8 https://www.tagesspiegel.de/gesellschaft/medien/querfront-protest-vor-der-volksbuehne-wie-die-ard-verschwoerungstheoretikern-auf-den-leim-ging/25755124.htm; https://www.dw.com/en/german-reichstag-protests/a-54783070;https://www.tagesschau.de/faktenfinder/sturmaufberlin-verfassungsschutz-rechtsextreme-101.html;
9 https://www.belltower.news/antisemitism-in-the-digital-age-conspiracy-ideologies-covid-19-and-antisemitism-123559/
10 https://www.bbc.com/news/world-europe-56912882; https://rp-online.de/panorama/coronavirus/innenministerium-verfassungsschuetzer-haben-querdenker-im-blick_aid-54603341 11 https://apnews.com/article/europe-arrests-germany-5c853b4e068e1203b890652cc96e8a5c
12 https://www.dw.com/en/pandemic-spurred-extremism-says-german-domestic-intelligence/a-57906728
13 Bundesamt für Verfassungsschutz (German Office for the Protection of the Constitution), 2019 Annual Report on the Protection of the Constitution (Facts and Trends). Federal Ministry of the Interior, Building and Community, July 2020; https://www.verfassungsschutz.de/en/public-relations/publications/annual-reports/annual-report-2019-summary
14 https://www.tagesspiegel.de/politik/rechtsextremismus-als-groesste-bedrohung-das-ist-eine-schande-fuer-unser-land/25989488.html; https://www.dw.com/en/pandemic-spurred-extremism-says-german-domestic-intelligence/a-57906728
15 https://www.nytimes.com/2021/06/10/podcasts/day-x-germany-neo-nazi-franco-a.html; Daniel Koehler,”Violence and Terrorism from the Far-Right: Policy Options to Counter an Elusive Threat” ICCT Policy Brief 27 February 2020 https://icct.nl/publication/violence-and-terrorism-from-the-far-right-policy-options-to-counter-an-elusive-threat/ 16 De Morree, P. (2016). “The German ‘Wehrhafte Demokratie”. In Rights and Wrongs under the ECHR: The prohibition of abuse of rights in Article 17 of the European Convention on Human Rights (pp. 185-224).
17 https://www.counterextremism.com/content/european-ethno-nationalist-and-white-supremacy-groups
18 https://www.dw.com/en/german-politicians-call-for-urgent-action-after-dramatic-spike-in-death-threats/a-51100807
19 https://www.lawfareblog.com/fighting-domestic-extremism-lessons-germany
20 https://www.zeit.de/gesellschaft/zeitgeschehen/2020-10/integrationsgipfel-antirassismus-agenda-rechtsextremismus 21 https://www.dw.com/en/germanys-angela-merkel-vows-to-fight-right-wing-extremist-terrorism/a-51109046
22 https://www.fr.de/frankfurt/frankfurt-die-demokratie-gegen-radikalisierung-verteidigen-91125610.html
23 Katy Brown, Aurelien Mondon & Aaron Winter (2021) The far right, the mainstream and mainstreaming: towards a heuristic framework, Journal of Political Ideologies, DOI: 10.1080/13569317.2021.1949829
24 https://www.pbs.org/wgbh/frontline/article/germanys-laws-antisemitic-hate-speech-nazi-propaganda-holocaust-denial/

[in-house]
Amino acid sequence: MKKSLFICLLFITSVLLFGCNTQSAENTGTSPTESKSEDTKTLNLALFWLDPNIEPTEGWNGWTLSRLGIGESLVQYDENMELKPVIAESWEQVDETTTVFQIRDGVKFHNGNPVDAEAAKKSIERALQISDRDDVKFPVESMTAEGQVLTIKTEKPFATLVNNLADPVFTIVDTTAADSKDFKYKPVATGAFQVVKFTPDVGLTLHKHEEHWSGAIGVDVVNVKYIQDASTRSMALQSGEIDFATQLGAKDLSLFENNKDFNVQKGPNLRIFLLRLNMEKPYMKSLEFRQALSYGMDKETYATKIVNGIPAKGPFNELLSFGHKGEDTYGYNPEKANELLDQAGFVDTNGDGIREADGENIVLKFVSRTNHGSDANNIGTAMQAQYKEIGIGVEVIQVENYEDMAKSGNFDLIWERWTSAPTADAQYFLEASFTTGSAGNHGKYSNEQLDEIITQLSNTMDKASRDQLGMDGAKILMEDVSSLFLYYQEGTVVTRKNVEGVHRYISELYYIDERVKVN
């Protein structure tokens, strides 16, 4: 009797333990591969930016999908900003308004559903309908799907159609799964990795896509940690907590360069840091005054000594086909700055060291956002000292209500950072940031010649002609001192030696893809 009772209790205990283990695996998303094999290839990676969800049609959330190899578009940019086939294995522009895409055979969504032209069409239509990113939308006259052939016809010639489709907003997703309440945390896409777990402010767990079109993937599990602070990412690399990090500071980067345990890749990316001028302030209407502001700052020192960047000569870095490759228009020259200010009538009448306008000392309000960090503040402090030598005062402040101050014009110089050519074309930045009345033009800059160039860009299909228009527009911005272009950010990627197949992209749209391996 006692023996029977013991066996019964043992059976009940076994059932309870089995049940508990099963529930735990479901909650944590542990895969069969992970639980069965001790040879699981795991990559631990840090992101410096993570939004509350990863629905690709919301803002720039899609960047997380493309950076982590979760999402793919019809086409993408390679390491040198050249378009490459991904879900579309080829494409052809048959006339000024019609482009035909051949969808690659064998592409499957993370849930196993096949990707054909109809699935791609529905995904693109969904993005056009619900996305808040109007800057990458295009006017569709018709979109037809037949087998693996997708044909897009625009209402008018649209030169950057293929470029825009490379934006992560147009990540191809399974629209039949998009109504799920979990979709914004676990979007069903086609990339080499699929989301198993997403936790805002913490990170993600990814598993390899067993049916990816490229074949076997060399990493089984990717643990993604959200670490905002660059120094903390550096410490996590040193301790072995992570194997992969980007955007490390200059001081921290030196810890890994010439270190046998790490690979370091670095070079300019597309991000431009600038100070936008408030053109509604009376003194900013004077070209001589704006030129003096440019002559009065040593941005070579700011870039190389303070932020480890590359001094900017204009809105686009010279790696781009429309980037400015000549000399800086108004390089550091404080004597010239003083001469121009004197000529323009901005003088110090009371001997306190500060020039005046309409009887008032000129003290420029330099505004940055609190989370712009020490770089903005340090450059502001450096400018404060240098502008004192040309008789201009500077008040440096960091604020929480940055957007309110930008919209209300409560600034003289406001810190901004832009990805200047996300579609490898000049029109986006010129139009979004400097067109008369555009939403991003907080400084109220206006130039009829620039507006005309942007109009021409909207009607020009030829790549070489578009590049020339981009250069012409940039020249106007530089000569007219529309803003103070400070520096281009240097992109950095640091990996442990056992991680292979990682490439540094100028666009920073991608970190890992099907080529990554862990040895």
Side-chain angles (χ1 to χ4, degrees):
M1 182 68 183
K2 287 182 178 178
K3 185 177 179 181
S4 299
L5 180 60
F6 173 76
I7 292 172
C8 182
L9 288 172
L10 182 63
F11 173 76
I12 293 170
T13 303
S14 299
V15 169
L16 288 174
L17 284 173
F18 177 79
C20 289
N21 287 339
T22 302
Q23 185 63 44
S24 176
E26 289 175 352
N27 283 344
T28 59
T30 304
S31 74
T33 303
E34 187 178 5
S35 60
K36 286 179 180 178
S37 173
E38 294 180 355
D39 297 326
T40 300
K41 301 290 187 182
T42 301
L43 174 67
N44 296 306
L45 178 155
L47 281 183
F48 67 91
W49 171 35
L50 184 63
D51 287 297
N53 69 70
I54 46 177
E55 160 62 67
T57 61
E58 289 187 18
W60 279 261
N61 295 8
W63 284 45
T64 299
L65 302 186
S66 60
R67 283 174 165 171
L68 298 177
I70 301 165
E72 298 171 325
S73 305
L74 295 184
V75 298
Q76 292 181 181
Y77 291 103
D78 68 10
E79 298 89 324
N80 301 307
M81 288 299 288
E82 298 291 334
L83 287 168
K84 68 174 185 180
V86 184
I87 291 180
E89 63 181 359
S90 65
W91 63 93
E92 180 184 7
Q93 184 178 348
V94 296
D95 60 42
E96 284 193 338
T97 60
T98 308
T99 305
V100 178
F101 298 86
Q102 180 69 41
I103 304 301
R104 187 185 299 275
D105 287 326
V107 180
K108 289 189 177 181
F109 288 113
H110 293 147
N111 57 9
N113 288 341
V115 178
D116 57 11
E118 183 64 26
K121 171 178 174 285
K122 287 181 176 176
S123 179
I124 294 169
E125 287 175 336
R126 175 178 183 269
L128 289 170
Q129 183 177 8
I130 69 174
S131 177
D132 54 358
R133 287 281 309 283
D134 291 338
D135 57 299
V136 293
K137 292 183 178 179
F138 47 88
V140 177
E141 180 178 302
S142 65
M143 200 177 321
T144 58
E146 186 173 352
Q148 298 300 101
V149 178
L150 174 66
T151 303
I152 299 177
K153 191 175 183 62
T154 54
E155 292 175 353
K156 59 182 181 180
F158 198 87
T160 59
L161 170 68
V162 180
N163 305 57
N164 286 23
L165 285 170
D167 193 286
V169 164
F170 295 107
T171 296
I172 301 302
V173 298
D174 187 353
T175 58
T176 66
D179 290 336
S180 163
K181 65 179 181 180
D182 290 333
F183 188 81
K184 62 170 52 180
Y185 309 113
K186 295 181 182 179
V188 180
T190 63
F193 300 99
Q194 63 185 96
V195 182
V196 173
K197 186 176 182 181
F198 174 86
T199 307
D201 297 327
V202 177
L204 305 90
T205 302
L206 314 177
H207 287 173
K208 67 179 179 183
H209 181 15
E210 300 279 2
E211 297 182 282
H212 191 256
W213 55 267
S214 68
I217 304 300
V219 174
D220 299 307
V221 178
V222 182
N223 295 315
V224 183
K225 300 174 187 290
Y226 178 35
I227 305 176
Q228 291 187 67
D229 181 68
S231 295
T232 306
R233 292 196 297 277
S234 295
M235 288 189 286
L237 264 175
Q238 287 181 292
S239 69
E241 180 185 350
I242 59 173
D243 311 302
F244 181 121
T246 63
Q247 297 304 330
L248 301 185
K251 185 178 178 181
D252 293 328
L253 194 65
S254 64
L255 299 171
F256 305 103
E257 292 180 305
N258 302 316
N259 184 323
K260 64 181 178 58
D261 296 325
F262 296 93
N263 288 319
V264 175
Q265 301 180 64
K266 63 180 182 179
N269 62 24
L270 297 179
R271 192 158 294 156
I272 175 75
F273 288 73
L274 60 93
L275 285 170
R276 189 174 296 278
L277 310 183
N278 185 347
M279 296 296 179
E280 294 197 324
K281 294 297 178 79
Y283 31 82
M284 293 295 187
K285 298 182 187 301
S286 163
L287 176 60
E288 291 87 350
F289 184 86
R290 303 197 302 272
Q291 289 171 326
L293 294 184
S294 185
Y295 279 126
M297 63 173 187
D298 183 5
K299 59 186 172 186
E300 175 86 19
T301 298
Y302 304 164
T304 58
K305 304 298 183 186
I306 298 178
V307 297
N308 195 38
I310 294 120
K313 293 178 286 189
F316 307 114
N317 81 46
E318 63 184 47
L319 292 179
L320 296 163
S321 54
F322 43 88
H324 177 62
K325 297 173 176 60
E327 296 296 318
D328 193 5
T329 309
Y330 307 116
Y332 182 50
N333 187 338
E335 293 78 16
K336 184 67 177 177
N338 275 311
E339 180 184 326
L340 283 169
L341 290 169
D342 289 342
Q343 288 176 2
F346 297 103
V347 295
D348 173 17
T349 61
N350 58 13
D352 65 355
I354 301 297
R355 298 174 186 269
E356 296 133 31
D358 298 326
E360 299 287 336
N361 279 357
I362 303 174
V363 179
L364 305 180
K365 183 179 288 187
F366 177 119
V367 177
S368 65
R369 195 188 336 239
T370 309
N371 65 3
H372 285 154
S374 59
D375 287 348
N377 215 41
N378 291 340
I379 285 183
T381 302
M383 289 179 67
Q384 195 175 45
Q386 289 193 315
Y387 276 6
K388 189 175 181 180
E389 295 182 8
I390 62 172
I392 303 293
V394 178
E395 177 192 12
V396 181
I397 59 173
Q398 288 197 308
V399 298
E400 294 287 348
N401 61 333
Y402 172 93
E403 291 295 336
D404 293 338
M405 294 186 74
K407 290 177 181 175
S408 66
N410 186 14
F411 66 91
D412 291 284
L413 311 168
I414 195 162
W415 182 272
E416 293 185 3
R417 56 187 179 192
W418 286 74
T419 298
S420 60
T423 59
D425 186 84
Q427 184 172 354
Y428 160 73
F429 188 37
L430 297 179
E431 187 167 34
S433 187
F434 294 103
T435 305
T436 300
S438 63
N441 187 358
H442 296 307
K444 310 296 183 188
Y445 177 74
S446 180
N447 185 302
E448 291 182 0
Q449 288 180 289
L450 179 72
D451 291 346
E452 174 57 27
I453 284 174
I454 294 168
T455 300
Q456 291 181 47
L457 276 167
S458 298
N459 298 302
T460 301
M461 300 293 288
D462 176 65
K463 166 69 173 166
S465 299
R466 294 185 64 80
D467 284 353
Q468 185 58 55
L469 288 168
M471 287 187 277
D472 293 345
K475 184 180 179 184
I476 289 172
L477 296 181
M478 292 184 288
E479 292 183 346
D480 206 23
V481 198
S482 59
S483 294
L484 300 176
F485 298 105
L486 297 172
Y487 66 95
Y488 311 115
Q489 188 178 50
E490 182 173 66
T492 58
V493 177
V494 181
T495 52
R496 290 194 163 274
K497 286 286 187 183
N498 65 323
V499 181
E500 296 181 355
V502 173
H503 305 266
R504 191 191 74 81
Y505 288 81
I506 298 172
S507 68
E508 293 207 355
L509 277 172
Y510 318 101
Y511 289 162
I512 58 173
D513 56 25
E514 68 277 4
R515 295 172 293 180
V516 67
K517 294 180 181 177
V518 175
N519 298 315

25 https://www.kpbs.org/news/2021/jun/28/frontline-germanys-neo-nazis-far-right/ 26 See ‘Lesson Plan’, a documentary featuring interviews with the teacher Ron Jones and students of the original ‘Third Wave’ https://www.imdb.com/title/tt1740801/; or https://www.paloaltoonline.com/news/2017/03/17/the-wave-that-changed-history
27 https://home.uni-leipzig.de/lit4school/en/the-wave/#explore
28 https://www.esquire.com/entertainment/tv/a30152438/we-are-the-wave-netflix-true-story-experiment-nazi-germany/
29 https://verdemagazine.com/the-third-wave-at-50
30 https://crestresearch.ac.uk/comment/reverse-waves-how-radical-ideas-spread-and-take-hold/


Katja Theodorakis

Head of Counterterrorism Program

Biography

Katja Theodorakis is the Head of ASPI’s Counterterrorism program.

Before joining ASPI, she was Senior Program Coordinator for Research and Analysis (Foreign/Security Policy) at the Konrad-Adenauer-Foundation’s Australia Office where she coordinated a portfolio spanning the fields of terrorism/extremism, European defence/security matters, cybersecurity and the wider strategic relations in the Indo-Pacific. This entailed engagement and strategic outreach to the national security community, with the aim of enhancing cooperation between Australia and Germany/Europe.
Katja publishes and presents at seminars, conferences and masterclasses (for representatives from DoD, security agencies, DFAT) and has appeared on national TV and radio for commentary. She has engaged in academic teaching, such as most recently as a seasonal lecturer for a course on ‘Terrorism and Propaganda in Cyberspace’ at the Australian Graduate School of Policing and Security at Charles Sturt University. At the Australian National University, Katja has taught and tutored on Middle East politics, Islam and International Terrorism at the postgraduate and undergraduate level.


She is also a member of the Future Operations Research Group and co-founder of the associated Women In Future Operations platform at the UNSW at ADFA. Here, her focus is on insurgent/extremist propaganda and their strategic use in information operations. A key premise underpinning Katja’s research is the need to look beyond technocratic approaches to propaganda campaigns in order to capture the full breadth of extremism, including cognitive and affective factors.


Katja has lived in the Middle East, where she was engaged in educational projects and NGO work in Syria during the early years of Bashar al-Assad’s presidency. She holds a First-Class Honours degree in International Development from the Australian National University, was recipient of several scholarships including an Australian Government Research Training PhD Scholarship, and has been awarded the 2016 ANU Media and Outreach Award as Emerging Media Talent for her commendable media output and performance as a young researcher.